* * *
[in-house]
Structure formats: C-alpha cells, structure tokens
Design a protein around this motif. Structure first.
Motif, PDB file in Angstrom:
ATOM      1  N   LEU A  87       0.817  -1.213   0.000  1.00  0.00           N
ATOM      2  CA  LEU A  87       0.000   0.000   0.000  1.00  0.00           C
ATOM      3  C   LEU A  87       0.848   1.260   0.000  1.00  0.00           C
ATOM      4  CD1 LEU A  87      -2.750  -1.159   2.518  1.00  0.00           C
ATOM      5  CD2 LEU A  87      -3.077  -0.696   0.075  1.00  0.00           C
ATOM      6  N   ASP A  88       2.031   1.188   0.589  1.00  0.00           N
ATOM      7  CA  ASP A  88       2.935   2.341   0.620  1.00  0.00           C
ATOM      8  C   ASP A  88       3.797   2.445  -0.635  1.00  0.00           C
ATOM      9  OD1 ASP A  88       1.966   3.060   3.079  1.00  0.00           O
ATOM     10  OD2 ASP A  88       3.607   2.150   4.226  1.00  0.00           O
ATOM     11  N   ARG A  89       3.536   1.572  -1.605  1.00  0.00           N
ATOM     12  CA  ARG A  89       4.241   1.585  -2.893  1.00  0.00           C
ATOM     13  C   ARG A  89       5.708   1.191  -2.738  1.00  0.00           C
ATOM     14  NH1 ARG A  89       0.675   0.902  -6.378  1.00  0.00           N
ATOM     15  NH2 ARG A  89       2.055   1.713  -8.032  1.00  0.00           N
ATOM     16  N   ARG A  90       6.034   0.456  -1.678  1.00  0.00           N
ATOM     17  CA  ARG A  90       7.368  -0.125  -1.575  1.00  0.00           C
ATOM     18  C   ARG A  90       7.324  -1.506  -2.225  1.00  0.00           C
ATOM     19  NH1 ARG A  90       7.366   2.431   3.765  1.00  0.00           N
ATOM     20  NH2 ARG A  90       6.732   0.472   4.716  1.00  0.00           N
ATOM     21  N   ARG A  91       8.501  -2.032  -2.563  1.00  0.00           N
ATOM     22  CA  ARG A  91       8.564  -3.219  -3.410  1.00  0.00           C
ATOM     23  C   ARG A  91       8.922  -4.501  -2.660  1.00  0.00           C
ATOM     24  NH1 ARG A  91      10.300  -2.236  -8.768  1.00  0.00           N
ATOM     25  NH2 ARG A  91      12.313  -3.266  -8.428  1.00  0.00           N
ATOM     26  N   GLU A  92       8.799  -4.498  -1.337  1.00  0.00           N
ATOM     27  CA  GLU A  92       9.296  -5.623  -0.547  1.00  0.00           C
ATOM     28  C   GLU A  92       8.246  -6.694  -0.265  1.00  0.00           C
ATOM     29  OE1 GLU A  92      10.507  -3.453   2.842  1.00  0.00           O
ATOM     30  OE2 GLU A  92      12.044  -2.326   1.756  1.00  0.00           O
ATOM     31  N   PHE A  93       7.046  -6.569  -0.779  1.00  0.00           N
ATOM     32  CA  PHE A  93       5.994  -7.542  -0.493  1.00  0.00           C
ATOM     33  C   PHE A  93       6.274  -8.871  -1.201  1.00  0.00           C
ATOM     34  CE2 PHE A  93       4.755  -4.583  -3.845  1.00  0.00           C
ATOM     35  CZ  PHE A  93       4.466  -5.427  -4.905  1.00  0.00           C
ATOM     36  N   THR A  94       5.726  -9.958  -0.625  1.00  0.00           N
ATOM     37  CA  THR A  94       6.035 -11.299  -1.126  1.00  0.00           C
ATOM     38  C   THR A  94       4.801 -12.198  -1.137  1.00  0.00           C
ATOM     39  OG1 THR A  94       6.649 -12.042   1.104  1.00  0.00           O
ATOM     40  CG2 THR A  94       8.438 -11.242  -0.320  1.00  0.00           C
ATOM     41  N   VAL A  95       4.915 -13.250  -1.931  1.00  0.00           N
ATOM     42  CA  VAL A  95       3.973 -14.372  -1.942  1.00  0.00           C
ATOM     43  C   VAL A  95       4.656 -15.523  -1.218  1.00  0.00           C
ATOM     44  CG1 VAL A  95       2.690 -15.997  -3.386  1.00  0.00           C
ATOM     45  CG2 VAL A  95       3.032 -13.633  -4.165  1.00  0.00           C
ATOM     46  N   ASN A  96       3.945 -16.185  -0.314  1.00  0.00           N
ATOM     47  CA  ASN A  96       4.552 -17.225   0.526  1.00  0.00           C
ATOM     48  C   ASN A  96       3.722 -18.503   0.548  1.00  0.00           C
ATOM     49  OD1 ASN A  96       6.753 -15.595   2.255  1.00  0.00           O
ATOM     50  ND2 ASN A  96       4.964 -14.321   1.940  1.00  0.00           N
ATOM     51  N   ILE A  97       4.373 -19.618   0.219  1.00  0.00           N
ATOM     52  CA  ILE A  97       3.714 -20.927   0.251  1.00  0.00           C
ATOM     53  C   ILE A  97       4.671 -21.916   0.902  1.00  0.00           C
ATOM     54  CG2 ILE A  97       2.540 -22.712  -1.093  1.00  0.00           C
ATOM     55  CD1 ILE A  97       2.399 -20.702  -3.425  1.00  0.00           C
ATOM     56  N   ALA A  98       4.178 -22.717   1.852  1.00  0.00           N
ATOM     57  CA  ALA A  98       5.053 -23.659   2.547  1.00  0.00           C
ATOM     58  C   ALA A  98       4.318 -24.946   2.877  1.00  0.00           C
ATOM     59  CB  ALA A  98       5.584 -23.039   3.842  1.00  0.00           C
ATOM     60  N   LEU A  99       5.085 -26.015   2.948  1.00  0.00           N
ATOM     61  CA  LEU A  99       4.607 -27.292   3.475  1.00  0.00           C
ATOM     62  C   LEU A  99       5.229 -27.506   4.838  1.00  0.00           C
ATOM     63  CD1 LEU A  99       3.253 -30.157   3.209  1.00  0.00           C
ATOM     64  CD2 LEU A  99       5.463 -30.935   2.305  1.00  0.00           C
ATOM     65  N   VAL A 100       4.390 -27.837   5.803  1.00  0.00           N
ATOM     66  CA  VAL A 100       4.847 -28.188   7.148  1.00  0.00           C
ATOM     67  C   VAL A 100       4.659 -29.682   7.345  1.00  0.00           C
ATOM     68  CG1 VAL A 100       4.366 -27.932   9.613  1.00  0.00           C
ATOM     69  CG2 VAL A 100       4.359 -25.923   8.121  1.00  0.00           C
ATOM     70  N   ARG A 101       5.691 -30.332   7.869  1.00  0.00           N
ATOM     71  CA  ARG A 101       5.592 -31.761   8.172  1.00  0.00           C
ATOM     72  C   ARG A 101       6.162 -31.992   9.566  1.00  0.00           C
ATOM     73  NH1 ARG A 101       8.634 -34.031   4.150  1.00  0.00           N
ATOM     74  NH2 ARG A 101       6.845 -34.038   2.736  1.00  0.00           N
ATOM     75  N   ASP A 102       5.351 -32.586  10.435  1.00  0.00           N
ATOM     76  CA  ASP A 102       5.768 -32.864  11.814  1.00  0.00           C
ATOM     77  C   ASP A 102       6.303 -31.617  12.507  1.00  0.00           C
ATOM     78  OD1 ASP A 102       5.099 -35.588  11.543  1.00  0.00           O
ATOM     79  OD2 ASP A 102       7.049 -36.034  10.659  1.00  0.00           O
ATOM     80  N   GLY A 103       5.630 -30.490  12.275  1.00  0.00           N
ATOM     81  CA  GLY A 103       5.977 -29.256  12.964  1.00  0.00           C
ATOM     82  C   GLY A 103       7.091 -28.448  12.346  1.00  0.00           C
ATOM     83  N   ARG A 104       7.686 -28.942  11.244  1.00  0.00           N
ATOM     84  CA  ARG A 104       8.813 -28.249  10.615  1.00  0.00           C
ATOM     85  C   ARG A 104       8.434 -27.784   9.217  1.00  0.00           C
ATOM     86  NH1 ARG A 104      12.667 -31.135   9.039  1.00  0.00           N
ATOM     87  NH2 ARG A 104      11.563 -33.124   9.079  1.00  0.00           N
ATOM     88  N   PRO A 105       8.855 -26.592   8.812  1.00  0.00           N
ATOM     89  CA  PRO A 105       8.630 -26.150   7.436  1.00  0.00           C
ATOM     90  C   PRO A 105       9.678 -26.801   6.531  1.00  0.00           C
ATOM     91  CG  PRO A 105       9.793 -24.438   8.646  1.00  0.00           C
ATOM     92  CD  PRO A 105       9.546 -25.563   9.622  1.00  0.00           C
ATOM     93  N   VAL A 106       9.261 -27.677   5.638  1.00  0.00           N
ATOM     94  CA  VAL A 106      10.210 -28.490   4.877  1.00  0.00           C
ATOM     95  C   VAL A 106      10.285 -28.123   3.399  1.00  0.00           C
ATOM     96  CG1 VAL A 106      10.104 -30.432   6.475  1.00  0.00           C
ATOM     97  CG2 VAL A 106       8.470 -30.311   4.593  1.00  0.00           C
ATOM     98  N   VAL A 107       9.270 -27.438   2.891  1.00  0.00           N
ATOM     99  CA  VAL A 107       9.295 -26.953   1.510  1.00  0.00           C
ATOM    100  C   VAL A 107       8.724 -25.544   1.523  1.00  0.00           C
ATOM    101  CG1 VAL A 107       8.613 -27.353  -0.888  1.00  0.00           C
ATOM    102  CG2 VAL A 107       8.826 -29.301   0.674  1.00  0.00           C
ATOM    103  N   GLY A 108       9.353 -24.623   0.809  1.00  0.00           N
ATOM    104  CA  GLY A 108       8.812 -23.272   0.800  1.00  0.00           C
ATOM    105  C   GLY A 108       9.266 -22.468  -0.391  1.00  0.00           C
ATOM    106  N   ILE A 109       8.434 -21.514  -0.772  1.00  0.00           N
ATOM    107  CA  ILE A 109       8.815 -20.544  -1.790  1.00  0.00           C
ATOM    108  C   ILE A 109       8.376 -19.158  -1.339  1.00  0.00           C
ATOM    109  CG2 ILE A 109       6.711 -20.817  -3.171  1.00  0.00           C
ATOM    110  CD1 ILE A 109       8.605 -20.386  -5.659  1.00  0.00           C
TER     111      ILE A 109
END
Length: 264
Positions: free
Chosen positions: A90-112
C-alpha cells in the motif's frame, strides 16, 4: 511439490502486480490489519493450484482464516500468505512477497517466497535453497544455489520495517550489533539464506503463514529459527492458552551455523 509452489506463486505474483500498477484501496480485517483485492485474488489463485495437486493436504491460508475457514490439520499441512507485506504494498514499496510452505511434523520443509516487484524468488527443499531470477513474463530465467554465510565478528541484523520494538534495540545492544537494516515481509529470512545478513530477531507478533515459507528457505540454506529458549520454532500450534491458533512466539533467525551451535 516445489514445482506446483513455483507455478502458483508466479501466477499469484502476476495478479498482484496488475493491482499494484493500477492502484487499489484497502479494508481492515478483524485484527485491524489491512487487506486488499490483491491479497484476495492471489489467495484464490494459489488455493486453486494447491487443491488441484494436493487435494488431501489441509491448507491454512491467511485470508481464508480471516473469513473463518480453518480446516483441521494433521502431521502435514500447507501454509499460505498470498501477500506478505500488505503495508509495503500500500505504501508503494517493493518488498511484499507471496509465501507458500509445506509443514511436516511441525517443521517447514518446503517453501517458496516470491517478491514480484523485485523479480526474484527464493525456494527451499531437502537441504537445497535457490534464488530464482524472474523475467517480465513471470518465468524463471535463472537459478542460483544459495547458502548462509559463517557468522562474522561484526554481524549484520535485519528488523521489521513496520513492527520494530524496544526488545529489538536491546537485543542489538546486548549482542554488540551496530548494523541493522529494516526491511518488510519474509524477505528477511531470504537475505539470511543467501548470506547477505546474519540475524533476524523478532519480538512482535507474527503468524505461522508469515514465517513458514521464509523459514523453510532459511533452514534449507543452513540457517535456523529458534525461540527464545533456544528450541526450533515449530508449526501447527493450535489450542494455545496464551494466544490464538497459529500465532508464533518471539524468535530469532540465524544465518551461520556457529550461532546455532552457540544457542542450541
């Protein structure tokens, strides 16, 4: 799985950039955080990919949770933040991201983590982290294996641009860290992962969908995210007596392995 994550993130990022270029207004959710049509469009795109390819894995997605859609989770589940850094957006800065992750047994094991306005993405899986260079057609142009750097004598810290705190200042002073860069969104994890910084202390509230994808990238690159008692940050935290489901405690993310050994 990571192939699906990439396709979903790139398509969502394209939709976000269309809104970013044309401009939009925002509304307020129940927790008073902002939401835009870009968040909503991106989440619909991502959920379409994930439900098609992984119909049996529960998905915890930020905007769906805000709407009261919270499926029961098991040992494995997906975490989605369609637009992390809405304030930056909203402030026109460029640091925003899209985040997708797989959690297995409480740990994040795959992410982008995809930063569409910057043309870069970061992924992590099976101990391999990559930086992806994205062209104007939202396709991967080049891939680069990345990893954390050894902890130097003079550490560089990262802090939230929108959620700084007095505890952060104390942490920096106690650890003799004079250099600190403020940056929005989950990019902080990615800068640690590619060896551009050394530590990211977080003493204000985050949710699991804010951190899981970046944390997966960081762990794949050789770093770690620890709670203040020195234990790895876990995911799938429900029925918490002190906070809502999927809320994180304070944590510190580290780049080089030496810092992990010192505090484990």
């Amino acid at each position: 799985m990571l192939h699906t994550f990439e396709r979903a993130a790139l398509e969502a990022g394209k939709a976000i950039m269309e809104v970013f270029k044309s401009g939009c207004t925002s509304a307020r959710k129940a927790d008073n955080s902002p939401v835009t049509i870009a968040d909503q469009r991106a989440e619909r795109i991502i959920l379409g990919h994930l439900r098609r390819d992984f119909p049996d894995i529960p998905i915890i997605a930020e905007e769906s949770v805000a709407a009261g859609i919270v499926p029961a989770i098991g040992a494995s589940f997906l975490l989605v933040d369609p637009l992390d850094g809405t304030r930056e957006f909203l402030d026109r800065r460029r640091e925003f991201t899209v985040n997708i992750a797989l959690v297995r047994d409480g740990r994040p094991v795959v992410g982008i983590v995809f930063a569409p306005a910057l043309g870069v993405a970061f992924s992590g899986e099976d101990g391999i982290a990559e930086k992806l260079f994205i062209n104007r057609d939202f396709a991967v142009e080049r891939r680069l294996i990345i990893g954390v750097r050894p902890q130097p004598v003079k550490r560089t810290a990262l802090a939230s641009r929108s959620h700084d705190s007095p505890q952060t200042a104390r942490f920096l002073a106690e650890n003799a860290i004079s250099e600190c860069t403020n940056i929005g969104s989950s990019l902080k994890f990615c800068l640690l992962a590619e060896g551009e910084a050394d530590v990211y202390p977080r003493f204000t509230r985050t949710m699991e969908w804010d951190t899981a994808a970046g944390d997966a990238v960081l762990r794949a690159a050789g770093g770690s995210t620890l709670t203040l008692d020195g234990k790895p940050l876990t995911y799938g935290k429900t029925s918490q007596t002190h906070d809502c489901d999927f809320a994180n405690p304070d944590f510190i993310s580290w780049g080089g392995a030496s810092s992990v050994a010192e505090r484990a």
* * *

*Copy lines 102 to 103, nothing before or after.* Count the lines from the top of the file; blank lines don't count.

ATOM     98  N   VAL A 107       9.270 -27.438   2.891  1.00  0.00           N
ATOM     99  CA  VAL A 107       9.295 -26.953   1.510  1.00  0.00           C